By now, everyone is well aware of the climate emergency. Every person and organisation needs to take action. But where do we start?
The first step is to have a strategy for sustainable business. One that shows clear progress towards change.
Because huge numbers of people (read: your customers) now prioritise their spending based on a company’s sustainability commitments.
None of us wants to exaggerate how well we’re moving towards Net Zero and beyond. That way leads to greenwashing and a terrible reputation.
But with a good strategy for sustainability in business, we can do our part while growing our organisations too:
What is sustainability?
Sustainability is often defined as a “triple bottom line”. These are often written as the “three Ps” – profit, people, and planet.
In short, your business should act in a way that acknowledges that plans to make a profit should also factor in the goals of reducing inequality, being good for local people, and preserving the planet too.
Defining sustainability for your business
These are all laudable goals. But how do we actually do any of that?
The first and most important step is to define what sustainability looks like for your particular business:
- What is most important? What could drive the biggest change?
- What is necessary? Where can you not avoid taking action?
- What is achievable? What can you actually do?
A key point is that sustainability is holistic. For instance, the suppliers you choose (and their actions) matter. Where the materials you use come from matters.
Making your products reach more people could be good. But if that availability massively increases your carbon footprint, can your local area and even the planet really afford it?
Key elements of a strategy for sustainable business
1) Training and championing
In much the same way as in your firm’s digital transformation, the most important part of becoming a sustainable business is to bring your team with you on the journey. This means training.
This is most important for your leadership team. Yet every single person at every level of your organisation has a role to play.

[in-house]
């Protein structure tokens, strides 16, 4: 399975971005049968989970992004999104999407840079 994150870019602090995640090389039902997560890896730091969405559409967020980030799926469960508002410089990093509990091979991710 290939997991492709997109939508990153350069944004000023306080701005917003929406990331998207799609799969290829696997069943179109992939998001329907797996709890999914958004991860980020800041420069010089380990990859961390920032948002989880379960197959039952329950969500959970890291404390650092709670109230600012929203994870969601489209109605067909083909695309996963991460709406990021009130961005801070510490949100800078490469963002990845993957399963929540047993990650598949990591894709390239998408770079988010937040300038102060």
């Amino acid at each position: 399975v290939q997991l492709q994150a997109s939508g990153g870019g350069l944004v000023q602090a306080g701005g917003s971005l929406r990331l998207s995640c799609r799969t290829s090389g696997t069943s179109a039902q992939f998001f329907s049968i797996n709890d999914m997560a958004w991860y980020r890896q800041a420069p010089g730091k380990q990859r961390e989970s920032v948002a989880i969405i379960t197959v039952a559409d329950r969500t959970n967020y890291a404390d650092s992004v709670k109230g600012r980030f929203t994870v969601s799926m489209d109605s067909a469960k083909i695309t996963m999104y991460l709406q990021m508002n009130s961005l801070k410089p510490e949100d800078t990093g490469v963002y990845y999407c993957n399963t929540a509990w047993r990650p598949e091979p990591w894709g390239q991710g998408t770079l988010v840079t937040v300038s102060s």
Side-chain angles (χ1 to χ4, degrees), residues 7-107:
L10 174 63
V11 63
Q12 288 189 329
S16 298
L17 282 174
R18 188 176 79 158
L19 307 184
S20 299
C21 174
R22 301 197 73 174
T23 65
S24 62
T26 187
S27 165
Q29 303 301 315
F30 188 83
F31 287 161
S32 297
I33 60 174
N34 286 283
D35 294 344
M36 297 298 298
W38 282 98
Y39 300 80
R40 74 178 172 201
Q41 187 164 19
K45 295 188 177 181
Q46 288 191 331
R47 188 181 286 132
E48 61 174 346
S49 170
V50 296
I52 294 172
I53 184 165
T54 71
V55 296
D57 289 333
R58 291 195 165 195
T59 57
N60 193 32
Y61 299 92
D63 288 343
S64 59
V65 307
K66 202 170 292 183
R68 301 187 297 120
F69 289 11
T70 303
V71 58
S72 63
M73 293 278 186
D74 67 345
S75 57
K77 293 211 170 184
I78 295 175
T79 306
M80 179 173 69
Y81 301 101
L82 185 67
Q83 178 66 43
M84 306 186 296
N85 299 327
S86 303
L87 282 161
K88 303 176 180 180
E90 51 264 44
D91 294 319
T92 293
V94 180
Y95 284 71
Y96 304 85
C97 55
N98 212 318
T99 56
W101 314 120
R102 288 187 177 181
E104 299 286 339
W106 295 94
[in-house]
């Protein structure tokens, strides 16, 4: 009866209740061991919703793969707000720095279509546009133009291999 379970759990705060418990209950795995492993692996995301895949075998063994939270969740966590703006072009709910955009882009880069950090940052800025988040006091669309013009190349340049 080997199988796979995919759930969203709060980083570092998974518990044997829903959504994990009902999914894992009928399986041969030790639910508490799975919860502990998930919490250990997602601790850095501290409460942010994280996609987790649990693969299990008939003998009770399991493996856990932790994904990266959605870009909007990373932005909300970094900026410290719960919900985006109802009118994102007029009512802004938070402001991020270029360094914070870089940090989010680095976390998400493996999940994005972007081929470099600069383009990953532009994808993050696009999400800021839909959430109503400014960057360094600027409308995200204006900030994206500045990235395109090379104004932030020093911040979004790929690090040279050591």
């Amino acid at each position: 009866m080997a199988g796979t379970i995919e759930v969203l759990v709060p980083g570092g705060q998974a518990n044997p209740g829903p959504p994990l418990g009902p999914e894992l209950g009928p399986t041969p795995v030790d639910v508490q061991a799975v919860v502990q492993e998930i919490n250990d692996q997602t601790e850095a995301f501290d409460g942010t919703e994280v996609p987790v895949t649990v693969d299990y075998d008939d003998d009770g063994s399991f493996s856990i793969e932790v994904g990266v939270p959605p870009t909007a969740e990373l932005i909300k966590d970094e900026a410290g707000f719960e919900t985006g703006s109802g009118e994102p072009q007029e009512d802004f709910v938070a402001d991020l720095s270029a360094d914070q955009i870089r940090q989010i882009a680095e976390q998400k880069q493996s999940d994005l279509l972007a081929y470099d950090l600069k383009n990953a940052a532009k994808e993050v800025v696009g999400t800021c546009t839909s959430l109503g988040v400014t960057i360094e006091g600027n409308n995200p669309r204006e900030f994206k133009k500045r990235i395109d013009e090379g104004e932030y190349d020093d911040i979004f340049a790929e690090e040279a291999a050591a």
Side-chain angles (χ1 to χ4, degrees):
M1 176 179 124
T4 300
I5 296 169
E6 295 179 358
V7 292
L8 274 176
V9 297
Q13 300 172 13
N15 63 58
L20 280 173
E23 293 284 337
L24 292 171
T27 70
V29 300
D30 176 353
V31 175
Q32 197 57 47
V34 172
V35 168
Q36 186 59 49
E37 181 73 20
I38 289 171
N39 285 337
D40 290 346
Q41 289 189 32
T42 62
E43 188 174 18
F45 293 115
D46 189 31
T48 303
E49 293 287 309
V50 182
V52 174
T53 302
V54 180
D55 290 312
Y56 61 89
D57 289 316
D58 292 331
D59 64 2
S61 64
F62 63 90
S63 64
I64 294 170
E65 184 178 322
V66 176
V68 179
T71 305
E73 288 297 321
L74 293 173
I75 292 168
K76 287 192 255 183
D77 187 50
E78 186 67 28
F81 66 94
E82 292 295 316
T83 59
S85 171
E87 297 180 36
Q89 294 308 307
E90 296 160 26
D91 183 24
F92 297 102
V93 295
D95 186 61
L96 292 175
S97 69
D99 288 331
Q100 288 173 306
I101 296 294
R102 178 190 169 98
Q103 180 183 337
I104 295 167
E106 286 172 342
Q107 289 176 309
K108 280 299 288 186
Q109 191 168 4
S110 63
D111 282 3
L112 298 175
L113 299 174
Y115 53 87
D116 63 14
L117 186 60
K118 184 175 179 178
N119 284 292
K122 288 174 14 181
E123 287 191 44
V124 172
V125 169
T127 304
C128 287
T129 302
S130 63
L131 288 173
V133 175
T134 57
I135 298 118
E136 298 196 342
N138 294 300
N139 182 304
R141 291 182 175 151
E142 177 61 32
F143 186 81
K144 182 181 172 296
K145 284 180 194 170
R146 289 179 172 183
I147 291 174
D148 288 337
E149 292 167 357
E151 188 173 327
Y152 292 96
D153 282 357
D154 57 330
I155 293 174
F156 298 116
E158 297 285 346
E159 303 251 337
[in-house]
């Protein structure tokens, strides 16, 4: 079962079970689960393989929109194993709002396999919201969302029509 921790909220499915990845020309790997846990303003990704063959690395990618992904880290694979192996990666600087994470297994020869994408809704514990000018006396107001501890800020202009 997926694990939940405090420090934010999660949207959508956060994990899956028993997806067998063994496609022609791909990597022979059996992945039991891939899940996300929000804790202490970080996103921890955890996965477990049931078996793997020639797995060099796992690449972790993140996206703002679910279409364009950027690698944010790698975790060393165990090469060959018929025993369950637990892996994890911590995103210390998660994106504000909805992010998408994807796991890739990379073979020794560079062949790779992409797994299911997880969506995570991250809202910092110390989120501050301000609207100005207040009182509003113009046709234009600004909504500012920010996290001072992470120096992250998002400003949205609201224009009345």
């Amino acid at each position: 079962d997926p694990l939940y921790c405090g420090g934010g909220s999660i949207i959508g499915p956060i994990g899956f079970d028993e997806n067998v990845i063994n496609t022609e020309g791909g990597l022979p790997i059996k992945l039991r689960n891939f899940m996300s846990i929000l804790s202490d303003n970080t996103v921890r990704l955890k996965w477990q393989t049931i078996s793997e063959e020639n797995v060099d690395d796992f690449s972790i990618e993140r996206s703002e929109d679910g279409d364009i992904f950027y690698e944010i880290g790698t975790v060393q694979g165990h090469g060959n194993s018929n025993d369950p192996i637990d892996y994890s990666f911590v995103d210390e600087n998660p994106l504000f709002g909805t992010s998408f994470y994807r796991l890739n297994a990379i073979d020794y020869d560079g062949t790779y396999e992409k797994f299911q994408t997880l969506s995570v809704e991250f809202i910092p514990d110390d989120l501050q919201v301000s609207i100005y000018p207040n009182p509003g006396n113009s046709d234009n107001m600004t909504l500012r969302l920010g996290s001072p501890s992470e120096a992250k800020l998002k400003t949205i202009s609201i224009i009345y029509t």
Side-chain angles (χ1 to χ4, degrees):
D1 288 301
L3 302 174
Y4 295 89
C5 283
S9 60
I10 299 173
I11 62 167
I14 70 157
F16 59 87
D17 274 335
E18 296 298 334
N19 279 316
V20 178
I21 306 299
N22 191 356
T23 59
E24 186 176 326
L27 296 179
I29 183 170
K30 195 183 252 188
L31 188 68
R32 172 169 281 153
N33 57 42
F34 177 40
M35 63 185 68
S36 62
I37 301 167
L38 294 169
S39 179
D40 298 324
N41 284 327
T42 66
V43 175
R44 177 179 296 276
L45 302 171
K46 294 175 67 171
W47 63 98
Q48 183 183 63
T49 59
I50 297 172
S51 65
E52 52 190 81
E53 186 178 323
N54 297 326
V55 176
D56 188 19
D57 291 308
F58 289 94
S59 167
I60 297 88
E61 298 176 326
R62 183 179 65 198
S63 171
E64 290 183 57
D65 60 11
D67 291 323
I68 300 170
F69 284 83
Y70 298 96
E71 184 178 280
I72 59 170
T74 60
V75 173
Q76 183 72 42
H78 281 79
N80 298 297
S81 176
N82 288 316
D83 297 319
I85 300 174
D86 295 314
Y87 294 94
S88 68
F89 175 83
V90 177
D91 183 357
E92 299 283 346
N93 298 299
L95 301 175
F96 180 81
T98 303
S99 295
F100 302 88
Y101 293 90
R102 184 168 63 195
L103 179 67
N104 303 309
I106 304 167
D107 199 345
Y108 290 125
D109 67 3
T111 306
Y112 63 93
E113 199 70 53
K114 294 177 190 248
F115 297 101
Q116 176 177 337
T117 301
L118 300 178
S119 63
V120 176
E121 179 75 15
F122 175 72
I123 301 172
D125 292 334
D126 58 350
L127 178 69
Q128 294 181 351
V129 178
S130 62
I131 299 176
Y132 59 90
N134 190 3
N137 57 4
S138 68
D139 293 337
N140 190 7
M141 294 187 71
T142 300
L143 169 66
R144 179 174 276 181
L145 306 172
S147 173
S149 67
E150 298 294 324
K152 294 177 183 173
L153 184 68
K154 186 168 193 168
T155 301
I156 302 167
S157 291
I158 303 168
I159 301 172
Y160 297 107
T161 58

It’s no good you boasting about your environmental credentials when your customers regularly see your shop floor staff throwing cardboard boxes away, for example.
One of the best ways to do this is to appoint someone as your sustainability officer. This should be someone in your senior leadership (possibly you) whose voice cannot be ignored.
2) Efficiency and procurement
Efficiency savings can’t save the world alone. They do have a part to play though. We all need to make sure we are using energy, water, and materials in the most efficient way possible.
This includes making easy environment wins like switching to a renewable energy supplier, recycling, and moving to electric company vehicles as soon as possible.
Procurement is just as important though. Perhaps 66% or more of a company’s ESG (Environment, Social and Governance) footprint is the fault of the suppliers you use.
This can mean changing suppliers. Or it might mean discussing the future with existing suppliers to communicate and strategise about your goals and expectations moving forward.
This isn’t always simple. Consider the idea of procuring new, more energy-efficient office computers. Is the energy they save more than the sunk carbon cost of building the new machines?
3) Performance and measurement
Measuring how well your business is doing is the only way to know your actual sustainability performance.
This is often more difficult for smaller businesses than it is for larger global concerns like Amazon or Microsoft.
Luckily, new technologies in the shape of the Internet of Things (embedding sensors in machinery and processes) and smart meters allow things like carbon emissions and water use to be measured.
When measuring your sustainability performance:
- Establish metrics in key areas like water, energy, and materials use
- Measure your current performance
- Assess where to focus your efforts
- Choose achievable goals for improvement
- Constantly track your progress
Applying sustainability across the board
Viewing sustainability holistically – applying thoughts of profit, people, planet to everything your business does – is the most important lesson when aiming to become a more sustainable business.
The most common way Dial A Geek interacts with this concept is when helping organisations with their digital transformation.
Switching legacy processes to solutions like Microsoft365 and Google Workspace does away with paper systems. It delivers big efficiency savings and can also allow greater measurability.
Yet the process needs to be carefully considered and managed to ensure a transforming business achieves real, tangible benefits for its profit margin, its people, and the planet too.
Want to walk through the possibility of taking your own business into the digital sphere?
Let’s talk it over. Dial A Geek has already helped nearly 1000 businesses in and around Bristol improve their use of tech.
Reach out today for a commitment-free chat with Chief Geek Gildas Jones.